Eagles Wake-Up Call: Graham Riding the New Wave

When Brandon Graham was rehabbing from microfracture knee surgery back in 2011, he admitted that he went heavy on the cheesesteaks. And well, he got heavy. All the way to around 290, in fact.

“Jim’s? That’s all I eat,” he said that October.

The former first-round pick is a lot more disciplined these days, and has employed a nutritionist to make sure he stays that way.  The 25-year old is working with a Boston-based company that comes down once a month to meet with him and texts or calls him daily. Graham sends them pictures of the food he is eyeing up to see if it is healthy for him or not.

And, of course, he is now under a coach that puts eating right at a premium.

“I’m getting helped double-time,” he said.

Graham has dropped 16 pounds and is currently around 260. The goal is to get down to 255 as he preps for a position change from defensive end to linebacker.

It’s not just the nutrition; Graham says he is benefitting from all the sports science that Chip Kelly utilizes.

“I see my body changing a lot,” said Graham. “I really didn’t know how dehydrated I was until they started doing that [sports science]. Now I’m hydrated, I’m moving a lot better out there, recovering a lot faster. If we keep it going, no telling how we’re going to be towards the end of the season.”

Graham told us a little bit about the sleep monitors that Kelly is asking his players to use.  The device is worn on the wrist, and is linked to an app that you can download on your phone. It tracks how many times you wake up during the night, and whether or not you are getting quality sleep.

The Michigan product will take any edge he can get. He is hopeful that this will be his breakout year, but is  tackling a new position for a new coach in a new scheme. Graham says that when it comes to the transition to outside linebacker, so far, so good.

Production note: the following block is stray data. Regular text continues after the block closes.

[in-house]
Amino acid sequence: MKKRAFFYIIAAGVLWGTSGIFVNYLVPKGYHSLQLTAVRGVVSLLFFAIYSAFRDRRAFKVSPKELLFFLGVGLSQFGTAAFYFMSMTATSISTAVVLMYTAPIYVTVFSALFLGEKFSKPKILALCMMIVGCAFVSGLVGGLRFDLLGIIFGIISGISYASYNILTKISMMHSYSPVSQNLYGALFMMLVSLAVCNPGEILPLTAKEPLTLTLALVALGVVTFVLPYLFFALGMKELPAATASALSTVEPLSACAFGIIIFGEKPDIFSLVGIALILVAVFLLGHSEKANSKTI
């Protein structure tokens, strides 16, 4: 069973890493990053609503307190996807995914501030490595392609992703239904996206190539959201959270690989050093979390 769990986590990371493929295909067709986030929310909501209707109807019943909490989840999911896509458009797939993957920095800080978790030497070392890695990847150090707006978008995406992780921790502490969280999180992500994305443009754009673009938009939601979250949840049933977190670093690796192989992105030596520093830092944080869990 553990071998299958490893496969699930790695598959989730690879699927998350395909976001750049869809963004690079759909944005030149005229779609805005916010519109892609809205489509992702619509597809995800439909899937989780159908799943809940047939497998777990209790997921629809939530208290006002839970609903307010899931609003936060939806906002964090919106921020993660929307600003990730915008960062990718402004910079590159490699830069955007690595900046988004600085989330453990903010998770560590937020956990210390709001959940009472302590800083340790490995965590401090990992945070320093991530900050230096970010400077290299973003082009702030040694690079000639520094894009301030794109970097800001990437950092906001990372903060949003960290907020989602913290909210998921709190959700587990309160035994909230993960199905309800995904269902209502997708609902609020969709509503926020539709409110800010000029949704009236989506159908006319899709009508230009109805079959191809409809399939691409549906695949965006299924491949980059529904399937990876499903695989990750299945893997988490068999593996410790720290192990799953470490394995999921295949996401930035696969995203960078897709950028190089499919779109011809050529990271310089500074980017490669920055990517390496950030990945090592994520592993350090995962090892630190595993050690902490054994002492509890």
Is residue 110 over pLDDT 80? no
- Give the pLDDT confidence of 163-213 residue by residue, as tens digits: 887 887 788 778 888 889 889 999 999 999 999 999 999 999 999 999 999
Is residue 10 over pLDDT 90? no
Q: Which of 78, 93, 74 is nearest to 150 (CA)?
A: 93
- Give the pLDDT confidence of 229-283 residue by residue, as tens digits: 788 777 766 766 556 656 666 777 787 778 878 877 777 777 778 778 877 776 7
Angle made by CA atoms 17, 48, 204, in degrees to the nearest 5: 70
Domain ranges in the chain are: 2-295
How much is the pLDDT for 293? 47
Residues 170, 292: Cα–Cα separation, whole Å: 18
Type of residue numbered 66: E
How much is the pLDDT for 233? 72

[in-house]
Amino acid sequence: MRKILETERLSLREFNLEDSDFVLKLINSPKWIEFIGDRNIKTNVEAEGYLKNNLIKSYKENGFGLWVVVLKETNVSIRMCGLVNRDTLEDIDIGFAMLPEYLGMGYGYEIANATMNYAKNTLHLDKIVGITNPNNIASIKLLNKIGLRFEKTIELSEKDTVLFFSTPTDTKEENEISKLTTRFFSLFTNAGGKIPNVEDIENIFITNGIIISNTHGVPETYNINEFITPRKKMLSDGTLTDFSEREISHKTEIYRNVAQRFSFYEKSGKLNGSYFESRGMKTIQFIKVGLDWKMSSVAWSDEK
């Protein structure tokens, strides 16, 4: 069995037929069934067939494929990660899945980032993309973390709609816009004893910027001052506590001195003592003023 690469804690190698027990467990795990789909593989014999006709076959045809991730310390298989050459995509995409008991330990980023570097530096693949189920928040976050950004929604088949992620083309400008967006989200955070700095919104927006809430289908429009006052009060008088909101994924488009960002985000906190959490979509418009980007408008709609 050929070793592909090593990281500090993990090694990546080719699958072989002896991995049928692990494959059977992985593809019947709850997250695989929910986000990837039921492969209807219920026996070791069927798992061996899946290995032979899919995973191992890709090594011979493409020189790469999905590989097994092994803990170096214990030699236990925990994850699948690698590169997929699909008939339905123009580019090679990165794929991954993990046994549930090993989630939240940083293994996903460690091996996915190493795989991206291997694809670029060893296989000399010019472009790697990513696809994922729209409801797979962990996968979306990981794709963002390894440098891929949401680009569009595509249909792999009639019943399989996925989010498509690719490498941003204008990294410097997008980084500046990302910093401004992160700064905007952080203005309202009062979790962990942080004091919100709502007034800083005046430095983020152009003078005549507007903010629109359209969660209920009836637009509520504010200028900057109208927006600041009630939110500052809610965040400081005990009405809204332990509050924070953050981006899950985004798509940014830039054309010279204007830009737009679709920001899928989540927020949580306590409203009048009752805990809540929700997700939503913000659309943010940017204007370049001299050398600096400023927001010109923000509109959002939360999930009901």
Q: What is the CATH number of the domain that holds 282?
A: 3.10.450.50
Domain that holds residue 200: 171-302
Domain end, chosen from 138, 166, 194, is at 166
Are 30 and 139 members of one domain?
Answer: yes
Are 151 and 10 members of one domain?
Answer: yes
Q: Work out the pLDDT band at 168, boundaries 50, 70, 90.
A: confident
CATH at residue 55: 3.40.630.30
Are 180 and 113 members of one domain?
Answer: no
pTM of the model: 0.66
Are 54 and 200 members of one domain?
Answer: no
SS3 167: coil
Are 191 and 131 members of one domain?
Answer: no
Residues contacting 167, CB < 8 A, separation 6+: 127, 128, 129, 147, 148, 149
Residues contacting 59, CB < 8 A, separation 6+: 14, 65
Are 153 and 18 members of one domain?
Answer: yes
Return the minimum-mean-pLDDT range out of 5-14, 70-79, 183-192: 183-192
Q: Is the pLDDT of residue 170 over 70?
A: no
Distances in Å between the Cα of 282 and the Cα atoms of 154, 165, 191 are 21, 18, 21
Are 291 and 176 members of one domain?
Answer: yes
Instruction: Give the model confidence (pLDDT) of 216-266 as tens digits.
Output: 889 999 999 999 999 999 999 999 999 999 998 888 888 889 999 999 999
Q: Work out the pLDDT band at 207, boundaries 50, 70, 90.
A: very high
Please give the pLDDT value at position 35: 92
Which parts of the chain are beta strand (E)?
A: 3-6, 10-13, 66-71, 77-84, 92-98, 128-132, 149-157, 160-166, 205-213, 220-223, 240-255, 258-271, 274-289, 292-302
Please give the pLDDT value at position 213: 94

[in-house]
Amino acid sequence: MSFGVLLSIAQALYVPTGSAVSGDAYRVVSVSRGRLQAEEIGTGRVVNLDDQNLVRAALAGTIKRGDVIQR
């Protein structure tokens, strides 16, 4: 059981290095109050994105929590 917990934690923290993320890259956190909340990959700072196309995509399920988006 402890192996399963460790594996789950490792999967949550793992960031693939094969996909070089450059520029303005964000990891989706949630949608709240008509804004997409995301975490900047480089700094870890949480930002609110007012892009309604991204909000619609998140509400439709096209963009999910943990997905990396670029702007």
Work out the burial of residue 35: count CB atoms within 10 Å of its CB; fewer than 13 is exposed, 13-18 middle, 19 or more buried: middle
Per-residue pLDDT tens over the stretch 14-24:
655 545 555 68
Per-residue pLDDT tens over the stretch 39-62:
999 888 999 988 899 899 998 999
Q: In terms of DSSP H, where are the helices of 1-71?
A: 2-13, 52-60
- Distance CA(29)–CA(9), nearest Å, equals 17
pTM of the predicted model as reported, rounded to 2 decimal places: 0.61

“Now that I know the plays, I’m moving a lot faster,” he said.


Jason Peters is absent for personal reasons, according to Jeffrey Lurie.

Jason Kelce discusses the impact of Chip Kelly’s hurry-up on the quarterbacks.

Sheil tells us why Kelly values Mychal Kendricks.

When will Kelly name a starting QB?


A check-in on Nnamdi Asomugha, courtesy of PFT.

Asomugha called defensive coordinator Vic Fangio’s scheme “more diverse than you think” and he won’t be playing the man coverage he prefers all the time, but said that his teammates have made the transition easier than it was when he moved to Philly in 2011.

“The adjustment hasn’t been that hard,” Asomugha said, via the team’s website. “This is a really solid defense all the way around. Since everybody knows the defense, it’s really easy to communicate. Anything I don’t get I can ask anybody on the defense and they pretty much have it down.”

Tom Moore talked to Barkley about life as a rookie quarterback.

Since Barkley began playing competitive football at the age of 10, he has always been the starter and earned the bulk of the first-team reps.

“I’m not going to be a little kid and beg the coaches for something more than what they’re giving me,” said Barkley after Tuesday’s workout. “You just do the best with what you’re given (and) give them every reason to put you out on the field.”


OTAs roll on. Media is permitted into Friday’s session.